Remember your baptism and confirmation.
The world is good, the good handiwork of a divine goodness that passes all understanding and endures forever.
Yet, the world is just not right, but somehow off track, wrongheaded, with something ‘loose’ rattling around in side it—the shadow of sin, the specter of evil, the sorrow of death.
We have to face both and to pray for deliverance from the latter to the former. So we teach our children to say: Deliver us from evil.
Robert McAfee Brown said so memorably (how I miss his voice): “Friends, this is God’s world, but it is a crummy world, and we have to live with both realities”.
To Meg’s question “Why?” I have no answer for you. But the good news is that you have an answer for me. And if you think I do not see it you are mistaken. And if you think I do not appreciate or admire it you are mistaken. And if you think I do not respect it you are mistaken. You live your answer by choosing the cruciform path of faith. You meet evil with honesty, grief with grace, failure with faith, and death with dignity. You carry yourselves in belief.
You remember that it is not the passion of Christ that defines the Person of Christ, but the Person that defines the passion. You remember that it is not the suffering that bears the meaning, but the meaning that bears the suffering…that it is not the cross that carries the love but the love that carries the cross…that it is not crucifixion that encompasses salvation, but salvation that encompasses even the tragedy of crucifixion… and that it is not the long sentence of Holy week, with all its phrases, dependent clauses and semi-colons that completes the gospel, but it is the punctuation to come in seven days, the last mark of the week to come in 168 hours, whether it be the exclamation point of Peter, the full stop period of Paul or the question mark of Mary—Easter defines Holy Week, and not the other way around. Oh, we want to be clear, now: the resurrection follows but not replace the cross, for sure. Still, it is also true that the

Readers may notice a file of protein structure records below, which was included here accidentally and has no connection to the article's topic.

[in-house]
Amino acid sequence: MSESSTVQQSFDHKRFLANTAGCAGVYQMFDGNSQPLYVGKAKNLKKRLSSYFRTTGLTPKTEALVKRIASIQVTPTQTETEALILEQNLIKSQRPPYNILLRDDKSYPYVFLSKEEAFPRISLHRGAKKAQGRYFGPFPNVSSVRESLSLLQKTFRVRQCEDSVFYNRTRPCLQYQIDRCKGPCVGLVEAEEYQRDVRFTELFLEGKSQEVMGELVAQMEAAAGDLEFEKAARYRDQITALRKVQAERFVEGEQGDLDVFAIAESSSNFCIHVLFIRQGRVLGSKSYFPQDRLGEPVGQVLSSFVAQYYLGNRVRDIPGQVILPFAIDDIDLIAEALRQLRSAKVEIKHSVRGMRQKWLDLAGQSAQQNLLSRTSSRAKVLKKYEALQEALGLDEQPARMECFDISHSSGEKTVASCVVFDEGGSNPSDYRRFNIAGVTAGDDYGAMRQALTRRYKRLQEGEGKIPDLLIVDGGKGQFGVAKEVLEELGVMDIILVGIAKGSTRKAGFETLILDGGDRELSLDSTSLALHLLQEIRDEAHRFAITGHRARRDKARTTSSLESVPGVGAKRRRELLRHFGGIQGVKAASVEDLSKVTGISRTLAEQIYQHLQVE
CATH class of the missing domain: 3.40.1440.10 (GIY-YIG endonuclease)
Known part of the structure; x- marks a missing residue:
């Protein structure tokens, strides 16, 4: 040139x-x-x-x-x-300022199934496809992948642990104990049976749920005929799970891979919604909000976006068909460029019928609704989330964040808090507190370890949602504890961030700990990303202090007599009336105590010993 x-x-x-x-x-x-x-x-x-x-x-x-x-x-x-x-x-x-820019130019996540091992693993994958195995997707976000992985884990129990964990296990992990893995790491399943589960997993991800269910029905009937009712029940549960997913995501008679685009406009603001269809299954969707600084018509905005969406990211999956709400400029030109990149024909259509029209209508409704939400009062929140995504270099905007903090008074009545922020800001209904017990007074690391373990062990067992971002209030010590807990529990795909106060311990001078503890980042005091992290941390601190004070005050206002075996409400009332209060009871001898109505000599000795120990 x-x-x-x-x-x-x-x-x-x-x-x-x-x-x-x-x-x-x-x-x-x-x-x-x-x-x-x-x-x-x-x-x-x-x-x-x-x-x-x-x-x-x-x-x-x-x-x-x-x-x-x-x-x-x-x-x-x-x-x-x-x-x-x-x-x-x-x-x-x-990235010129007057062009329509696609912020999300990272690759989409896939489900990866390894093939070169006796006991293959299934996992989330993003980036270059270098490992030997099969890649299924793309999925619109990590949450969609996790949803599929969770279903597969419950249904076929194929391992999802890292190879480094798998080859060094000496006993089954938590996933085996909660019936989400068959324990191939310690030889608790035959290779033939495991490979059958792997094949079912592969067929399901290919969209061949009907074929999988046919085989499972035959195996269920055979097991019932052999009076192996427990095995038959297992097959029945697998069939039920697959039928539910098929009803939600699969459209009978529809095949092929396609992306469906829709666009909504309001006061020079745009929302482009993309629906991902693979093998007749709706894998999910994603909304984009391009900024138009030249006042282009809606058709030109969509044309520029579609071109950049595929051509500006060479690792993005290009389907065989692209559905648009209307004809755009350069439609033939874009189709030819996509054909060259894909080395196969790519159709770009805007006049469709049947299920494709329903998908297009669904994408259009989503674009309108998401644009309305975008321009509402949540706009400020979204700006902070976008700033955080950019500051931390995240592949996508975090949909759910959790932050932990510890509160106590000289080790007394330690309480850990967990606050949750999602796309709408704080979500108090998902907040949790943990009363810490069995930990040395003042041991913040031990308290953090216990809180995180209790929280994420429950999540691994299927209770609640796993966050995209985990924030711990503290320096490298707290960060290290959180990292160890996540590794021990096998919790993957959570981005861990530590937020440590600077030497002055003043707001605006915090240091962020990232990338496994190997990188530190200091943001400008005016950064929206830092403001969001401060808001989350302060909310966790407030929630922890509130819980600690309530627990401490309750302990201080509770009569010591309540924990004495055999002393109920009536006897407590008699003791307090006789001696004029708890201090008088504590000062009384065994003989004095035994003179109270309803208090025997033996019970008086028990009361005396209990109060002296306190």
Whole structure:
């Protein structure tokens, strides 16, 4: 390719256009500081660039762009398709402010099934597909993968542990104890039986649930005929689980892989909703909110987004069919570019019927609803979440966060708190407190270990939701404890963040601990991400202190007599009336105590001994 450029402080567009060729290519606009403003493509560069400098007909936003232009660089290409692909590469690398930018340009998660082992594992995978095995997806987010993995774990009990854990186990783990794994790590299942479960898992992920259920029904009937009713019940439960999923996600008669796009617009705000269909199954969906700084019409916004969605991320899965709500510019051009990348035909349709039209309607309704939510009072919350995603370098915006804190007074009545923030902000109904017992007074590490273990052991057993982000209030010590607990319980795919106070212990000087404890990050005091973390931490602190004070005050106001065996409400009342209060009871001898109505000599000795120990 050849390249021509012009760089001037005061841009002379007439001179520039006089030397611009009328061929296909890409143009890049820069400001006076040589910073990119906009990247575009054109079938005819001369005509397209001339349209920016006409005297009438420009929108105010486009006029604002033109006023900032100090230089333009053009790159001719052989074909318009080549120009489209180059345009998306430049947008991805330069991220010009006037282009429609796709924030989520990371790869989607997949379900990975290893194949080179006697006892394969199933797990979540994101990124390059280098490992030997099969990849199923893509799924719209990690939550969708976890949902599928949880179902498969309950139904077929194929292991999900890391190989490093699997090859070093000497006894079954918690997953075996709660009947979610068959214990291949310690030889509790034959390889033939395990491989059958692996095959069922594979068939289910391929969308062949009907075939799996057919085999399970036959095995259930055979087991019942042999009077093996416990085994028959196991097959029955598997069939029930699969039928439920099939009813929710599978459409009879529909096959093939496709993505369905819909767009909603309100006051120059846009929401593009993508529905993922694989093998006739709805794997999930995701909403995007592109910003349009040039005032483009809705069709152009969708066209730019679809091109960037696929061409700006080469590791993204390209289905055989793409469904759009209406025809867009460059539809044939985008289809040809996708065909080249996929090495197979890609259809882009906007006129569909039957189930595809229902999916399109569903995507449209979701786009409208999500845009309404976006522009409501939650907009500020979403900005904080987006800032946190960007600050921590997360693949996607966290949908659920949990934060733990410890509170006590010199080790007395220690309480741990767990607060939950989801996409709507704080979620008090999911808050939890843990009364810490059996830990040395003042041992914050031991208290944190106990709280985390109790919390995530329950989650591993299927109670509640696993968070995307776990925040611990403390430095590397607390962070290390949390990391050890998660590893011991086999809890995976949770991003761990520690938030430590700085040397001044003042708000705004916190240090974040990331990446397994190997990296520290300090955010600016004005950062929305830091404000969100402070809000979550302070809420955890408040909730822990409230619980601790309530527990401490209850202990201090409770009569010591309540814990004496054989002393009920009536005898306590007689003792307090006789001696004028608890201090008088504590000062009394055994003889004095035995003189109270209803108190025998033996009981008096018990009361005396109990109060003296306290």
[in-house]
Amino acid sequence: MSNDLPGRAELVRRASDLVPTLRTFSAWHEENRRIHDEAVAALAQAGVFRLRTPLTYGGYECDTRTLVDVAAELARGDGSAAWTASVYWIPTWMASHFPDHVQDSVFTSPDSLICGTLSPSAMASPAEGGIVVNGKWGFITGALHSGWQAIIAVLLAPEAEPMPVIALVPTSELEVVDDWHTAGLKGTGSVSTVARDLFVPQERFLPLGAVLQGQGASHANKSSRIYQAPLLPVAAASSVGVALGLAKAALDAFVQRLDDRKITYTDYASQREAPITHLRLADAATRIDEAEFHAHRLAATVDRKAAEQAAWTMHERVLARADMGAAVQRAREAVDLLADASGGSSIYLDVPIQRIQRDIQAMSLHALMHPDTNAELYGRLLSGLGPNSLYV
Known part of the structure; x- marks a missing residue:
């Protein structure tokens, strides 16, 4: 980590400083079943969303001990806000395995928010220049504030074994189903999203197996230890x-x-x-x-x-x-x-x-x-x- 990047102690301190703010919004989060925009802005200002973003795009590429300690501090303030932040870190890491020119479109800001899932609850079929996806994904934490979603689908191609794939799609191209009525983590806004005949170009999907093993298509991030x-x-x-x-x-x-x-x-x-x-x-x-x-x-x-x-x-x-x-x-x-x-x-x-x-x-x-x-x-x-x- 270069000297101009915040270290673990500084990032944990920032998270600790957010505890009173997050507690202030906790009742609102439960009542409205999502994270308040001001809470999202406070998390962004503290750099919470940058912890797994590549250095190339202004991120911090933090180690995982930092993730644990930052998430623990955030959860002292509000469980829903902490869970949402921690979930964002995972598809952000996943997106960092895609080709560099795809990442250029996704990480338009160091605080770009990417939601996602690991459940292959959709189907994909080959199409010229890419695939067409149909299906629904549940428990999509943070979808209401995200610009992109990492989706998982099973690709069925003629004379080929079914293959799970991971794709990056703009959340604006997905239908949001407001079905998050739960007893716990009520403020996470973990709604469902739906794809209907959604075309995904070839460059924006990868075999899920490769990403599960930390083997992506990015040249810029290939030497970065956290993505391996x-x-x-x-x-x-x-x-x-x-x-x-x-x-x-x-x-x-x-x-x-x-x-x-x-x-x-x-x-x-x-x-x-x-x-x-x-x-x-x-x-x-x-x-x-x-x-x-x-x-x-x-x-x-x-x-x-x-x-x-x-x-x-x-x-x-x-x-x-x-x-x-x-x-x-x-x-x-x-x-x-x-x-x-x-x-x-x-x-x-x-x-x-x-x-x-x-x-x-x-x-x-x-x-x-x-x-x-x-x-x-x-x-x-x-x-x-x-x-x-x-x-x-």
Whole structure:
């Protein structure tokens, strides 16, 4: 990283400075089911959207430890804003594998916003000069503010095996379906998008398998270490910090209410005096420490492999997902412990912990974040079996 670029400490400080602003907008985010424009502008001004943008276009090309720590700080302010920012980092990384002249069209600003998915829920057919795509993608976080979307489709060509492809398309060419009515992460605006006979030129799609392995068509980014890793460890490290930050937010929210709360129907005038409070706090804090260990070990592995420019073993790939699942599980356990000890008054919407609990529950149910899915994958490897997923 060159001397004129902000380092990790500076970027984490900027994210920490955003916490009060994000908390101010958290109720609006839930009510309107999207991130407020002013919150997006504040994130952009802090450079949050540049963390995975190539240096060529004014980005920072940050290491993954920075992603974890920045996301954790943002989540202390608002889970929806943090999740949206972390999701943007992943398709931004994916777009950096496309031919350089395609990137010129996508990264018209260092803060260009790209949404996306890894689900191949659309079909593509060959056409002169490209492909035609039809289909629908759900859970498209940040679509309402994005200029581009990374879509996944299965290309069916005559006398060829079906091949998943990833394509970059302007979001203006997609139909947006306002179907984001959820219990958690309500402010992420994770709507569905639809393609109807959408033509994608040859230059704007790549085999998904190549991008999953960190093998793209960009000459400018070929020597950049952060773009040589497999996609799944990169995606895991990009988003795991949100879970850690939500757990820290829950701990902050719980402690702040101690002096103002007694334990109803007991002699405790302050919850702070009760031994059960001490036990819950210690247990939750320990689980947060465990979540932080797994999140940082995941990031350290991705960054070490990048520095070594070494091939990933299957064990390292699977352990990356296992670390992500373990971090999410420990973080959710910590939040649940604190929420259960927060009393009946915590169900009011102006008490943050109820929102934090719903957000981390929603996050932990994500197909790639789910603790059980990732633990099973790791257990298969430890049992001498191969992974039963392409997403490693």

cross precedes but does not overshadow the resurrection. It is Life that has the last word.
When we pray, deliver us from evil, there is a God to whom we may pray, in the assurance of being heard: Deliver us from evil…
Maybe that is why Joan Howard—her married name is Joan Howard Lefkow—she like Dorothy Gale of the Kansas farm, she like Billy Graham of Wheaton College, she like Ernest Fremont Tittle of Northwestern University, she like your own mother in kitchen and coffee and packed lunch, answered her daughter’s question (sursum corda!) in faithful witness (hear the Gospel!) to tragedy and goodness and hope.
I confess that I read her statement some months ago, weeping, in the middle of an utterly boring Board meeting, and was for several moments unsure of where I was, or whether these few sentences were read from the printed page as human comments, or were resounding in the mind and heart as divine utterance. Which is this voice? Human or Divine? You be the judge.
Joan says to her daughter, as the Gospel says to us:
I am so sad…It is a human tragedy…Honey, most people are good, most people would not think of doing this…Remember the sermon years ago at the Episcopal Church in Evanston, where the girls sang in the choir and I made sandwiches for the homeless once a month…The priest said, ‘Some things are just broken…they’re broken…just broken…They’re broken and you go on from there…Don’t think you can repair them but get up and go on from there…But whoever did this, I want to look them in the eye and say…How could you?…How could you do that to me and my family?”
*New York Times, 3/10/05